I was a model student, if I do say so myself. I got straight As, was hardly ever late, always wore a perfectly starched white uniform and polished leather shoes, participated in a good mix of extracurricular activities, and had zero (recorded) cases of cheating or rowdiness. I attended the same co-ed Catholic school in the Philippines from age 5 to 18, and in the eyes of my teachers, I must have been a poster boy for school rules.
But in my eyes, the rules were wack.
My school had a haircut policy for boys. At the beginning of every month, a prefect would line us up outside our classrooms and look closely at where the ends of our hair fell. Running a pen or ruler down the sides of our faces and the backs of our heads, they’d make sure the strands did not touch our ears or the backs of our collars. Otherwise, they’d threaten to cut it. I don’t know if these impromptu haircuts ever actually happened, but I do vividly remember the green scissors our prefect spun around her fingers. I asked her once why boys weren’t allowed to grow their hair, when Jesus—a man we were meant to emulate—was depicted all around campus as having long, luscious locks. She told me to go back to my classroom.
Girls, in my school and in others around the country, had their own struggles against the prescribed uniform.
“The color of the hair tie that you use has to be on-brand with the school. You can either wear the school hair tie, or you can wear black, white, or brown. That’s it, you can’t wear any other color because it’s too distracting, or whatever. I couldn’t even understand why,” recalled 26-year-old Isabel, who went to an all-girls school and preferred to go by a pseudonym because she did not want to be recognized for criticizing it.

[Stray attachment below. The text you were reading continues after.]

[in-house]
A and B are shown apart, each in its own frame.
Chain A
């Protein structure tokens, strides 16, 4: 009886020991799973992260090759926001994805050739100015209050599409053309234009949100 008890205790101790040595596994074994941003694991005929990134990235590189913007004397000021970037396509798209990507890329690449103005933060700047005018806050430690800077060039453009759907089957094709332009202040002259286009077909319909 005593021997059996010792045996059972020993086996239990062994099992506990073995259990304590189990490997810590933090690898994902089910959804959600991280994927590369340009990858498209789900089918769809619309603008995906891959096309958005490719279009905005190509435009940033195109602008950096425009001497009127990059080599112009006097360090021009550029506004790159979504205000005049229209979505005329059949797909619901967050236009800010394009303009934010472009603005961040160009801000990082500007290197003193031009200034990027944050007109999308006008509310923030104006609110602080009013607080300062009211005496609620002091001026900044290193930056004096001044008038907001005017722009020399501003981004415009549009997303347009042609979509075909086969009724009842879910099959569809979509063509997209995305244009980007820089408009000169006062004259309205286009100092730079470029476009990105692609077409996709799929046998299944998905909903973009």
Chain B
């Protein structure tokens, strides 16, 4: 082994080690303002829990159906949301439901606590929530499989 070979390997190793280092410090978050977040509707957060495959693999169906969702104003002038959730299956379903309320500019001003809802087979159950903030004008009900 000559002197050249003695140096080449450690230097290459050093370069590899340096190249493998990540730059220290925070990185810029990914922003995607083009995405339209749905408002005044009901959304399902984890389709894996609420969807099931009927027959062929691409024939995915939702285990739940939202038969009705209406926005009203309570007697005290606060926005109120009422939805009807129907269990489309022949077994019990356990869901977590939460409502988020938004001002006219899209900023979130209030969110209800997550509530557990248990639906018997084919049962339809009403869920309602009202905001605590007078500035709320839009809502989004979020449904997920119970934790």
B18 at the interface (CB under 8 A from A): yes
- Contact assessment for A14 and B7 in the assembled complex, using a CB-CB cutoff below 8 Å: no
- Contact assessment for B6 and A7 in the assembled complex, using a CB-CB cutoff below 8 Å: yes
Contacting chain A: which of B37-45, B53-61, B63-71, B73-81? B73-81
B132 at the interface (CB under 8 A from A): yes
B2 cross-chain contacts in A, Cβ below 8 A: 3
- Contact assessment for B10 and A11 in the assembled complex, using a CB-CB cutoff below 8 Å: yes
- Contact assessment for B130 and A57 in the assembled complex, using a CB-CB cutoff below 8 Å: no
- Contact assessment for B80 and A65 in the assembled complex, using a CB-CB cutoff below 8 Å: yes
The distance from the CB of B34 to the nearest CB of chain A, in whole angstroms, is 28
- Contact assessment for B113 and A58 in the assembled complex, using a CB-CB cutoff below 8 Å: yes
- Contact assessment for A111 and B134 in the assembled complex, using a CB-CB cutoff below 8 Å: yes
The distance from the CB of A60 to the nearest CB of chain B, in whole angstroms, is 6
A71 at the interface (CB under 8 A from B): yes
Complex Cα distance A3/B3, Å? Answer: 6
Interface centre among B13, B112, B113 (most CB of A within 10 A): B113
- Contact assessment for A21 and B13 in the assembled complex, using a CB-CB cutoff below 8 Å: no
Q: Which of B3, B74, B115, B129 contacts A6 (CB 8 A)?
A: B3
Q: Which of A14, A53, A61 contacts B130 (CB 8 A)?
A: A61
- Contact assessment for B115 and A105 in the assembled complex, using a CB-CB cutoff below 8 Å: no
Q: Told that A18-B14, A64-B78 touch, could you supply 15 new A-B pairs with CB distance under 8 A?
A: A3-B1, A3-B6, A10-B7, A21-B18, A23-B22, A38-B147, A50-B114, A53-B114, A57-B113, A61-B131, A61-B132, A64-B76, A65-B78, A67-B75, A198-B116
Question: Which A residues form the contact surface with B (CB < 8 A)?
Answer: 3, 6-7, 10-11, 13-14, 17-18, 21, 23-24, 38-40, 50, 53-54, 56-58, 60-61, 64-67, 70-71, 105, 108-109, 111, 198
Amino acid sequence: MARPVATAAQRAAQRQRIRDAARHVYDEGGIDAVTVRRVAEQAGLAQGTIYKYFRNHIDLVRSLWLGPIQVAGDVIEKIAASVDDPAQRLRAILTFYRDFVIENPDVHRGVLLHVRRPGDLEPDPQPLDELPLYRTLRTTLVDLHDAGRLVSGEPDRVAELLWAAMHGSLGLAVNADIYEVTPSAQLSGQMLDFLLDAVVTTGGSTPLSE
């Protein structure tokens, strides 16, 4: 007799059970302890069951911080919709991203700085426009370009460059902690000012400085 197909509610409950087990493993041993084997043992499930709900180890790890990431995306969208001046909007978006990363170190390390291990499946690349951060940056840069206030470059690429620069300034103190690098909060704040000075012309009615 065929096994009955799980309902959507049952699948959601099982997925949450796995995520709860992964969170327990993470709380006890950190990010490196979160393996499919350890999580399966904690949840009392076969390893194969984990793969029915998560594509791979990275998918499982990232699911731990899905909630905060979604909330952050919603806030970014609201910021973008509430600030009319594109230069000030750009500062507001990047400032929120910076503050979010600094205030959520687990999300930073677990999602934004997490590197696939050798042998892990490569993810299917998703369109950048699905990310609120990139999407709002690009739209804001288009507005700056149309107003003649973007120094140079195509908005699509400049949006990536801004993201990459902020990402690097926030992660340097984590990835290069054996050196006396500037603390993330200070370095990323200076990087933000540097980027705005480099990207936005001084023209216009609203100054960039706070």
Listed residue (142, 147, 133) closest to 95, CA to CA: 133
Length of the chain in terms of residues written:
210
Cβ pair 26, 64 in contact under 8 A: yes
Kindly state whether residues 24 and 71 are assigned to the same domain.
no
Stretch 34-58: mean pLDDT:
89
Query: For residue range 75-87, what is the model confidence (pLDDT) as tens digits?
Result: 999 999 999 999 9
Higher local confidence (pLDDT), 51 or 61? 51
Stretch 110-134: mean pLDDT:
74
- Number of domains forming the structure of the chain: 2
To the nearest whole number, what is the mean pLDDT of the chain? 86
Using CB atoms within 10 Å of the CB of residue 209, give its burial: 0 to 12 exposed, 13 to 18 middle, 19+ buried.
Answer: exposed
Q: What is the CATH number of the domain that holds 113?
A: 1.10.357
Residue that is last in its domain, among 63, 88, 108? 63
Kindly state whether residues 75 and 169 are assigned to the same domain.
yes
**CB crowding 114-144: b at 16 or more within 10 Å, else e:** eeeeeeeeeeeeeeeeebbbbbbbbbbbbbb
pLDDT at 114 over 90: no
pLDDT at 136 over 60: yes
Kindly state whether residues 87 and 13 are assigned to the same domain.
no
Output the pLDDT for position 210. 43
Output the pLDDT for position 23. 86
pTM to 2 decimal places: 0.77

I don’t recall my school having any rules around hair ties but it did ban girls from wearing colored bras, which teachers claimed could attract the attention of male students.
Some schools had rules for nail length (very little of the white tips), while others had ones for sock color (white only). Some required students to attend mass every Sunday and ask the priest to sign a piece of paper as proof, while others blasted prayers on campus, during which students had to stand up and were not allowed to move until the voice said “Amen.” For prom, some schools required female students to submit their dress designs for approval by teachers.
On one hand, it’s hard to imagine things being any different, if only because we put up with it for so long. On the other, it feels off for schools to still implement these kinds of rules now, as perceptions on discipline, education, gender, and individuality have evolved.
Andrea Legaspi is from Bacolod, a city in the Visayas region where the local language is Hiligaynon. She recalls how her high school had an “English Only Policy,” a fairly common rule in schools all over the Philippines.
“You’re supposed to talk to teachers and students in English, unless it was Filipino class or Filipino week,” she said, laughing.
She doesn’t recall anybody being punished for breaking the rule, but teachers did remind students to follow it even during recess and lunch breaks.
Miguel Punzalan, who went to a school in Rizal province, remembers the oft-debated practice of schools segregating students based on academic performance, with those they consider exemplary grouped together in one “section.”
“Shit is wack because you’re piling all the good ones into a star section that’s set up to be a success post-high school, while lumping together at-risk students in ones that are doomed to fail, causing further delays and diminishing academic progress among peers,” he said.
Of course, the Philippines isn’t the only country with questionable school rules. In Japan, some students with hair that isn’t black or straight are required to submit proof that their hair is naturally otherwise. Meanwhile, many schools in India have restrictions on girls and boys interacting with one another.
Not much can be changed for those of us who have already made it through our school systems and chalked these questionable rules up to necessary experience, but I hope school rules make more sense now. Times are changing, and these rules should, too.
And in case any of my high school teachers are reading this, I quote Olivia Rodrigo: hope ur ok.
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